Using CVX's current $117.13 share price as at November 29th's market close, the $1.19/quarter or $4.76/annual dividend provides investors with a ~4.06% dividend yield. Being a Canadian resident and holding shares in a non-registered account results in my dividend yield being reduced 15% to ~3.45%. While I do not appreciate this 'haircut', I look at CVX from a total return perspective and am willing to accept this reduced dividend yield.
Looking at CVX's operating performance and bearing in mind that maintaining and growing the dividend is the first financial priority of 4 listed on page 9 of 90 in the November 2019 Investor Presentation, I anticipate CVX will declare at least a $0.05/share increase to its quarterly dividend ($1.19 increasing to $1.24) toward the end of January 2020; shareholders on the date of record in mid-February 2020 will be eligible for this increased dividend.
Returning surplus cash to shareholders is the 4th financial priority reflected on page 9 of 90 in the November 2019 Investor Presentation. Looking at the 'Diluted Weighted Average Number of Shares Outstanding (000s)' as at the end of Q3 2019 we see 1,893,928. At the end of FY2012 the total amounted to over 1,950,000.
One of my sources indicates the current mean adjusted earnings estimates for FY2019 and FY2020 from 22 and 24 analysts, respectively, are $6.36 and $6.86.
Using the current $117.13 share price we get forward adjusted PE levels of ~18.14 and ~17.1 for FY2019 and FY2020. These levels are no 'bargain basement' levels but at the same time are not excessive.
When we look at YTD diluted earnings we see that as at the end of Q3 2019, CVX generated $5.02 in diluted EPS (page 4 of 49 in the Q3 2019 10-Q). If we conservatively estimate that CVX will generate a comparable quarterly EPS in Q4 2019 as in the previous 3 quarters then we arrive at ~$6.70 in diluted EPS. Using the current $117.13 share price we then get a diluted PE of ~17.50. Even if CVX to turn in 'less than stellar' Q4 results and diluted EPS came in at ~$6.50, we would be looking at a diluted PE of ~18. These are not a bargain basement levels but I view them as reasonable based on the long-term outlook presented in CVX's November 2019 Investor Presentation.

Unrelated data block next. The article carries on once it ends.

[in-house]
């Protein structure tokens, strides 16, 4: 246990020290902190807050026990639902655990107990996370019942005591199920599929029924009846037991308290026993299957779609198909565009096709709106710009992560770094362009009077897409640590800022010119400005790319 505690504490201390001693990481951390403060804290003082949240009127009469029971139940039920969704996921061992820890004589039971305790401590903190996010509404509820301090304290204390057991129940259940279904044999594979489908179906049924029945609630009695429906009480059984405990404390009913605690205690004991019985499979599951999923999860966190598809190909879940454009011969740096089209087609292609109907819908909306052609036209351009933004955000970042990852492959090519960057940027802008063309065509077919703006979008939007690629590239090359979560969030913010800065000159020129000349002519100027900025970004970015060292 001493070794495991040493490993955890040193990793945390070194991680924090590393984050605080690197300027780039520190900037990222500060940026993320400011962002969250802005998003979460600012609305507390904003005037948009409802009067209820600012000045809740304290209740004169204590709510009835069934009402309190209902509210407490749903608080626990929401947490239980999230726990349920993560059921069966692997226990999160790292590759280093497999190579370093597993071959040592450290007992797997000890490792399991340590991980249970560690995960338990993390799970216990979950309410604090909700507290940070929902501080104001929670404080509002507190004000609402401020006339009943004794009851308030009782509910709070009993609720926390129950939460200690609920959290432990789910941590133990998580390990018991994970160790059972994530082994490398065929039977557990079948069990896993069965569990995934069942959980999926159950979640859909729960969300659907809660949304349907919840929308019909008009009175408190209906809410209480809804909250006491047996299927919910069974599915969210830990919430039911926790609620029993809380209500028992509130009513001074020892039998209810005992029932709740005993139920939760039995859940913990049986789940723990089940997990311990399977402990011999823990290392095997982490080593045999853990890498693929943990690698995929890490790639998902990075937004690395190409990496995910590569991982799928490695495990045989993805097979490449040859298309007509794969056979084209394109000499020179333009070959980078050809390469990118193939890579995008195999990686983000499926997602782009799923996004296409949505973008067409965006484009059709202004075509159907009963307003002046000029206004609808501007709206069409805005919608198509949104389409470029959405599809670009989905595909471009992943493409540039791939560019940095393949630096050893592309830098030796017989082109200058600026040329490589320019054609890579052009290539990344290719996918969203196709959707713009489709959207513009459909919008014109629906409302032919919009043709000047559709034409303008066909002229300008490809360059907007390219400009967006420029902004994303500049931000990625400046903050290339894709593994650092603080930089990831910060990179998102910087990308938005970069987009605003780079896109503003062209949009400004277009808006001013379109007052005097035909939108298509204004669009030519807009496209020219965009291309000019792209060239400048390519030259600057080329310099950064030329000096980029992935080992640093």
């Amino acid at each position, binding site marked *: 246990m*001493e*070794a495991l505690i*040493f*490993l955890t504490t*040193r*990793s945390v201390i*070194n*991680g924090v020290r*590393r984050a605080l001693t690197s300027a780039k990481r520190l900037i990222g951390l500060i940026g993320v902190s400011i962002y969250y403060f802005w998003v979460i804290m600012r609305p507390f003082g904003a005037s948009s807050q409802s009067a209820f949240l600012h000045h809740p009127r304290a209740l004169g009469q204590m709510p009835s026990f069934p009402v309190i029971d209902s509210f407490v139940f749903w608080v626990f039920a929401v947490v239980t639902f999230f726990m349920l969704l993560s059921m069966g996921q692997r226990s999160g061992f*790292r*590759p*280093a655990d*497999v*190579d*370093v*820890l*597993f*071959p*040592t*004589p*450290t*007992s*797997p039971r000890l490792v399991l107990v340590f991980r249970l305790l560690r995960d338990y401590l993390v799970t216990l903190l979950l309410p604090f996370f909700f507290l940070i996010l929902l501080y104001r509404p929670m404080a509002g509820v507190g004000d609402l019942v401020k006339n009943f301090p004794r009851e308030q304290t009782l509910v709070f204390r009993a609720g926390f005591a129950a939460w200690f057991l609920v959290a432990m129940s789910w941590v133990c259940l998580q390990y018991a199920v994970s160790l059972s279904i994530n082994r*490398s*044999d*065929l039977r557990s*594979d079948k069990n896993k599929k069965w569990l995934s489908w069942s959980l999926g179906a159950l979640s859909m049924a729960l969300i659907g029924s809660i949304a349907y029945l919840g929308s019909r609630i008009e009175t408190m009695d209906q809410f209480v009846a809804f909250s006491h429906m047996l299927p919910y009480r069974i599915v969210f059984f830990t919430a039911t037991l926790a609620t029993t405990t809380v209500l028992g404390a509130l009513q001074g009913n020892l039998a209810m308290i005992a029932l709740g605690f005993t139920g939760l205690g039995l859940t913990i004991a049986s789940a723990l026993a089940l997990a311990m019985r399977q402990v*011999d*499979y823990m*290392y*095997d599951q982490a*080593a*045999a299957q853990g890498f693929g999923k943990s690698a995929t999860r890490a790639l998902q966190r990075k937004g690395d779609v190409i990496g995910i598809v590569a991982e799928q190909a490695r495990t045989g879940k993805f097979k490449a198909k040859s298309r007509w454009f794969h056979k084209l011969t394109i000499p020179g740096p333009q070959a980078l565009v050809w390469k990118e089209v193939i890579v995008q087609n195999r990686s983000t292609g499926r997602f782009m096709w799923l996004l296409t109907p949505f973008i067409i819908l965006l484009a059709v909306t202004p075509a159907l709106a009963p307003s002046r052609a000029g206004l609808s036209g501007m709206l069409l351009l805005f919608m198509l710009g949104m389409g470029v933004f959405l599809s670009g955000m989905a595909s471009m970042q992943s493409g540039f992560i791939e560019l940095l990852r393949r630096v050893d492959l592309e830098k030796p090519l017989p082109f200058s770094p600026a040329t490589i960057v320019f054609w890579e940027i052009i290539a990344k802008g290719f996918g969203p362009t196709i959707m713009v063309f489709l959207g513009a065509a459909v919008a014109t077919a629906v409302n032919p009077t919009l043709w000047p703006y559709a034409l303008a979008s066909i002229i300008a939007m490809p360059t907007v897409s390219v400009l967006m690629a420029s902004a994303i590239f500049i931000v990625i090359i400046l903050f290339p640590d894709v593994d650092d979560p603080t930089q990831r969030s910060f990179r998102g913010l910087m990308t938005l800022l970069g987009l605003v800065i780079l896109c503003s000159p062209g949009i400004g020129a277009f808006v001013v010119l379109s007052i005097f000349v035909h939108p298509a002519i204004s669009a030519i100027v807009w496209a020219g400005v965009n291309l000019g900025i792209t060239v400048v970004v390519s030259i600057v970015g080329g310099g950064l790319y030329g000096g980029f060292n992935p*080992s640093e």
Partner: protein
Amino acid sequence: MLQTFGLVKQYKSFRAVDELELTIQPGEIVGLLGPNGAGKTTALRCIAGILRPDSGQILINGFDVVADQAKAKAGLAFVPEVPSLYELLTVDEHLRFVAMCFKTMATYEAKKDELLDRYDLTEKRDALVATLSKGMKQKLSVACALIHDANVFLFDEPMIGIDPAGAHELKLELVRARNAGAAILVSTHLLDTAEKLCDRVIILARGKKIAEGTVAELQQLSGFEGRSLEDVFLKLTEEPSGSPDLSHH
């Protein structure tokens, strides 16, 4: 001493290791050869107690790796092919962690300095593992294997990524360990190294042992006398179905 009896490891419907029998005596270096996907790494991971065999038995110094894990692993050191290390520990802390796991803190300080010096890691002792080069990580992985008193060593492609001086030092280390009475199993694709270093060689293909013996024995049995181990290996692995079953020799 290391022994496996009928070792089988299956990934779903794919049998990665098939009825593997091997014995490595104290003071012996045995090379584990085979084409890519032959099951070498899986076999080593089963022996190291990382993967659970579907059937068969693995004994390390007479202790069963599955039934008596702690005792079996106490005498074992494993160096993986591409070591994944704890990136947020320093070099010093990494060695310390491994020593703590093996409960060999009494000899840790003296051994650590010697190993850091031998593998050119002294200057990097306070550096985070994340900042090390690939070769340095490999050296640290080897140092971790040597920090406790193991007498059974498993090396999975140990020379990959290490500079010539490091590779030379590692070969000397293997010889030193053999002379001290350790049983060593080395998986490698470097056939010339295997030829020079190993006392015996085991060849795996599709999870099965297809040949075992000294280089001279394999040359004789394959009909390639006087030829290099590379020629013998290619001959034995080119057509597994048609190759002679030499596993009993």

In this current environment I view many companies in which I wish to increase my position/initiate a position as being richly valued. I am also of the opinion that a broad market pullback within the next few months is not out of the realm of possibility. As a result, purchases have been few and far between and, on a selective basis, am employing the use of options in which I stand to benefit if the underlying stock price remains range bound or declines; I draw your attention to very recent Mastercard Incorporated (MA) and Microsoft Corporation (MSFT) articles.
Using a portion of the premiums I generated from writing option contracts, for which I disclosed details in these recent articles, I have acquired 90 additional CVX shares at a price of $117.177 within one of the 'Core' accounts held within the FFJ Portfolio. I will not receive the quarterly $1.19 dividend payable on December 10th as these shares were acquired subsequent to the November 18th date of record. In the grand scheme of things, missing out on ~$91 (90 x $1.19 x 85%) is not something which impacted my investment decision (Reminder: I incur a 15% withholding tax on CVX's dividend because shares are held in a non-registered account).
I wish you much success on your journey to financial freedom.
Thanks for reading!
Note: I sincerely appreciate the time you took to read this article. Please send any feedback, corrections, or questions to [email protected].
Disclaimer: I have no knowledge of your individual circumstances and am not providing individualized advice or recommendations. I encourage you not to make any investment decision without conducting your own research and due diligence. You should also consult your financial advisor about your specific situation.
Disclosure: I am long CVX.
I wrote this article myself and it expresses my own opinions. I am not receiving compensation for it and have no business relationship with any company whose stock is mentioned in this article.